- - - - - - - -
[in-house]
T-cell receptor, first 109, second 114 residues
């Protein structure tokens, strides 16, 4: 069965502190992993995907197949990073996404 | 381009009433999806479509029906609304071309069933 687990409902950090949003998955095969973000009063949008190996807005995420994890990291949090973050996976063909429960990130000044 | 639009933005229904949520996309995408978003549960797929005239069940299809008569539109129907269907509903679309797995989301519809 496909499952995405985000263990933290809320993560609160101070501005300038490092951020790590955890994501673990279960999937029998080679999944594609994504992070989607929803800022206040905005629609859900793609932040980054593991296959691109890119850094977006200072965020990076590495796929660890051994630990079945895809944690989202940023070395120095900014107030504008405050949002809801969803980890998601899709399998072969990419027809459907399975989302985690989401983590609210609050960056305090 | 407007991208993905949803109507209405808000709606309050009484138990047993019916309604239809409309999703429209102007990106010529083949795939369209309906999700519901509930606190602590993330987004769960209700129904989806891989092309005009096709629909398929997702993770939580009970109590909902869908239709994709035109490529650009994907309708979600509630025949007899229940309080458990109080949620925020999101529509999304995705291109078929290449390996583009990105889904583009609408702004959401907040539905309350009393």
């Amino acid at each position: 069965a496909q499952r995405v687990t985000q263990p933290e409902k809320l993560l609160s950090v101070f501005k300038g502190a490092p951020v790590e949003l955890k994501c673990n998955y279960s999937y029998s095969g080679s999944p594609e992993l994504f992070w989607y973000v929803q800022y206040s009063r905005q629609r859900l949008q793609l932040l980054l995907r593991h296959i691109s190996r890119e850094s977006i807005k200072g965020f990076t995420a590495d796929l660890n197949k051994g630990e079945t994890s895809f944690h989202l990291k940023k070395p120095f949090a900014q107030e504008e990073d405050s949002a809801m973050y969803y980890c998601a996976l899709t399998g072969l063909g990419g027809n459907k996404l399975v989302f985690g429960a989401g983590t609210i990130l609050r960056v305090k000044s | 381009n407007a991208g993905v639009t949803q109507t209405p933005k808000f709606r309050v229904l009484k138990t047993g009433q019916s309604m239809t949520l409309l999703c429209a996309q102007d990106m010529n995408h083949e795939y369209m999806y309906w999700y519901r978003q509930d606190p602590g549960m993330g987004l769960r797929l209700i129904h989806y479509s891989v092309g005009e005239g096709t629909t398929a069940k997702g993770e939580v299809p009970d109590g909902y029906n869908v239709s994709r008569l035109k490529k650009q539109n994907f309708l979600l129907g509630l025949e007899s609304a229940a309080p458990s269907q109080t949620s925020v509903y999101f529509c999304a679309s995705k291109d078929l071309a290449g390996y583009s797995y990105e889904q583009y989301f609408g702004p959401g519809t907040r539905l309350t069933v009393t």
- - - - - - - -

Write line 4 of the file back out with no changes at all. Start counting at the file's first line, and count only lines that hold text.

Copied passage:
């Amino acid at each position: 069965a496909q499952r995405v687990t985000q263990p933290e409902k809320l993560l609160s950090v101070f501005k300038g502190a490092p951020v790590e949003l955890k994501c673990n998955y279960s999937y029998s095969g080679s999944p594609e992993l994504f992070w989607y973000v929803q800022y206040s009063r905005q629609r859900l949008q793609l932040l980054l995907r593991h296959i691109s190996r890119e850094s977006i807005k200072g965020f990076t995420a590495d796929l660890n197949k051994g630990e079945t994890s895809f944690h989202l990291k940023k070395p120095f949090a900014q107030e504008e990073d405050s949002a809801m973050y969803y980890c998601a996976l899709t399998g072969l063909g990419g027809n459907k996404l399975v989302f985690g429960a989401g983590t609210i990130l609050r960056v305090k000044s | 381009n407007a991208g993905v639009t949803q109507t209405p933005k808000f709606r309050v229904l009484k138990t047993g009433q019916s309604m239809t949520l409309l999703c429209a996309q102007d990106m010529n995408h083949e795939y369209m999806y309906w999700y519901r978003q509930d606190p602590g549960m993330g987004l769960r797929l209700i129904h989806y479509s891989v092309g005009e005239g096709t629909t398929a069940k997702g993770e939580v299809p009970d109590g909902y029906n869908v239709s994709r008569l035109k490529k650009q539109n994907f309708l979600l129907g509630l025949e007899s609304a229940a309080p458990s269907q109080t949620s925020v509903y999101f529509c999304a679309s995705k291109d078929l071309a290449g390996y583009s797995y990105e889904q583009y989301f609408g702004p959401g519809t907040r539905l309350t069933v009393t």